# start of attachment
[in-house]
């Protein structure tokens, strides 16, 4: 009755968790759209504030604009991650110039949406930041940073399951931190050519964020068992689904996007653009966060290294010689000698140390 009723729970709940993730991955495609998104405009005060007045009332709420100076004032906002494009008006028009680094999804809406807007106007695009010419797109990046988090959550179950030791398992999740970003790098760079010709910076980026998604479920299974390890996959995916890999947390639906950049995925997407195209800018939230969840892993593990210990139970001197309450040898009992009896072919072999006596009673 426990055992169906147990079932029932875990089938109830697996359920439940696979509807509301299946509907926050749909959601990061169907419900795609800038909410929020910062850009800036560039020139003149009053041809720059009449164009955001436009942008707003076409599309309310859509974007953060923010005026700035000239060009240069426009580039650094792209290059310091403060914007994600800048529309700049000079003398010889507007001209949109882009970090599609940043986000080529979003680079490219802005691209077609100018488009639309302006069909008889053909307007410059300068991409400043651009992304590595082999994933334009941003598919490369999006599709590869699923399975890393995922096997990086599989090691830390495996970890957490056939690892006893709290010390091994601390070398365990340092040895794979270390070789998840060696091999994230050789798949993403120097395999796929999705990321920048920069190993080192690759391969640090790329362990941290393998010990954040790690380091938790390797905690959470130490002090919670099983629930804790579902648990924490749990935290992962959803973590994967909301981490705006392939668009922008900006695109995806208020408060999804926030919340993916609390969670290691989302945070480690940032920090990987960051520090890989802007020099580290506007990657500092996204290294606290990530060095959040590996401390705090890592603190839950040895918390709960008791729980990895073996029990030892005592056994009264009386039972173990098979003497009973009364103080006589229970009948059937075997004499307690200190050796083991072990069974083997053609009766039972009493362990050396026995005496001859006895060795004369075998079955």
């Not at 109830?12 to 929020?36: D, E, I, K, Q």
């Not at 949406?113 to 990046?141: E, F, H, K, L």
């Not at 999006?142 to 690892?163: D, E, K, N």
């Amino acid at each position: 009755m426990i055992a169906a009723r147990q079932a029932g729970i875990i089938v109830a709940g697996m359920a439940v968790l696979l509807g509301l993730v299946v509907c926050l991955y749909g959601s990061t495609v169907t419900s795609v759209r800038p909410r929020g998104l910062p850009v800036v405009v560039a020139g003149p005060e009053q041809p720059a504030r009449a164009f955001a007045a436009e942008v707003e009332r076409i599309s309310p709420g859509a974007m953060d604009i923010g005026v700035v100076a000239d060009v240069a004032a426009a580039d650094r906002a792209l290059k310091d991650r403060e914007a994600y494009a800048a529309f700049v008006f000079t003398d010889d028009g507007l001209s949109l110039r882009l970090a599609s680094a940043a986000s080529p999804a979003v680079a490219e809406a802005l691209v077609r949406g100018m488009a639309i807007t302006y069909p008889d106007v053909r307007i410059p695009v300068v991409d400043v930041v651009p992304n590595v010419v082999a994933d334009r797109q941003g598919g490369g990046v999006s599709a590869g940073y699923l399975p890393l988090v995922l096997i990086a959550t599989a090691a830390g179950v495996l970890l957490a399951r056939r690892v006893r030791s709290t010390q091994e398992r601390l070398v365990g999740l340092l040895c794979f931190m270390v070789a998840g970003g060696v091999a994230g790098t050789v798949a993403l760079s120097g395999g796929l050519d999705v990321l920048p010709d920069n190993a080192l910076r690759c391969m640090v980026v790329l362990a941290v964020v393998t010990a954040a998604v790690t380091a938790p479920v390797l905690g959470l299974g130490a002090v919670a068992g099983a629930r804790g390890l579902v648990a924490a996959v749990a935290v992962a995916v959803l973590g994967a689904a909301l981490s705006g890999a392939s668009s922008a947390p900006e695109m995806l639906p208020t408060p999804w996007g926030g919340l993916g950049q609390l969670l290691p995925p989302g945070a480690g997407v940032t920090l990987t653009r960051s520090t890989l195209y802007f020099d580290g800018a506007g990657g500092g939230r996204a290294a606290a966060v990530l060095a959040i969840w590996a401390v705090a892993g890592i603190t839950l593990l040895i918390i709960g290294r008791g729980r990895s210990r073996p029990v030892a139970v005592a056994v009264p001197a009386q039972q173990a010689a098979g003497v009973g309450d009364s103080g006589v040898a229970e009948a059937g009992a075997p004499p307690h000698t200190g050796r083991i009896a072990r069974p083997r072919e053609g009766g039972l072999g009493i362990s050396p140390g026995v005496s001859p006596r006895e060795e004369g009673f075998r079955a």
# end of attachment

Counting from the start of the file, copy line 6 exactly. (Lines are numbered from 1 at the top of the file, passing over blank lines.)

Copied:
């Amino acid at each position: 009755m426990i055992a169906a009723r147990q079932a029932g729970i875990i089938v109830a709940g697996m359920a439940v968790l696979l509807g509301l993730v299946v509907c926050l991955y749909g959601s990061t495609v169907t419900s795609v759209r800038p909410r929020g998104l910062p850009v800036v405009v560039a020139g003149p005060e009053q041809p720059a504030r009449a164009f955001a007045a436009e942008v707003e009332r076409i599309s309310p709420g859509a974007m953060d604009i923010g005026v700035v100076a000239d060009v240069a004032a426009a580039d650094r906002a792209l290059k310091d991650r403060e914007a994600y494009a800048a529309f700049v008006f000079t003398d010889d028009g507007l001209s949109l110039r882009l970090a599609s680094a940043a986000s080529p999804a979003v680079a490219e809406a802005l691209v077609r949406g100018m488009a639309i807007t302006y069909p008889d106007v053909r307007i410059p695009v300068v991409d400043v930041v651009p992304n590595v010419v082999a994933d334009r797109q941003g598919g490369g990046v999006s599709a590869g940073y699923l399975p890393l988090v995922l096997i990086a959550t599989a090691a830390g179950v495996l970890l957490a399951r056939r690892v006893r030791s709290t010390q091994e398992r601390l070398v365990g999740l340092l040895c794979f931190m270390v070789a998840g970003g060696v091999a994230g790098t050789v798949a993403l760079s120097g395999g796929l050519d999705v990321l920048p010709d920069n190993a080192l910076r690759c391969m640090v980026v790329l362990a941290v964020v393998t010990a954040a998604v790690t380091a938790p479920v390797l905690g959470l299974g130490a002090v919670a068992g099983a629930r804790g390890l579902v648990a924490a996959v749990a935290v992962a995916v959803l973590g994967a689904a909301l981490s705006g890999a392939s668009s922008a947390p900006e695109m995806l639906p208020t408060p999804w996007g926030g919340l993916g950049q609390l969670l290691p995925p989302g945070a480690g997407v940032t920090l990987t653009r960051s520090t890989l195209y802007f020099d580290g800018a506007g990657g500092g939230r996204a290294a606290a966060v990530l060095a959040i969840w590996a401390v705090a892993g890592i603190t839950l593990l040895i918390i709960g290294r008791g729980r990895s210990r073996p029990v030892a139970v005592a056994v009264p001197a009386q039972q173990a010689a098979g003497v009973g309450d009364s103080g006589v040898a229970e009948a059937g009992a075997p004499p307690h000698t200190g050796r083991i009896a072990r069974p083997r072919e053609g009766g039972l072999g009493i362990s050396p140390g026995v005496s001859p006596r006895e060795e004369g009673f075998r079955a």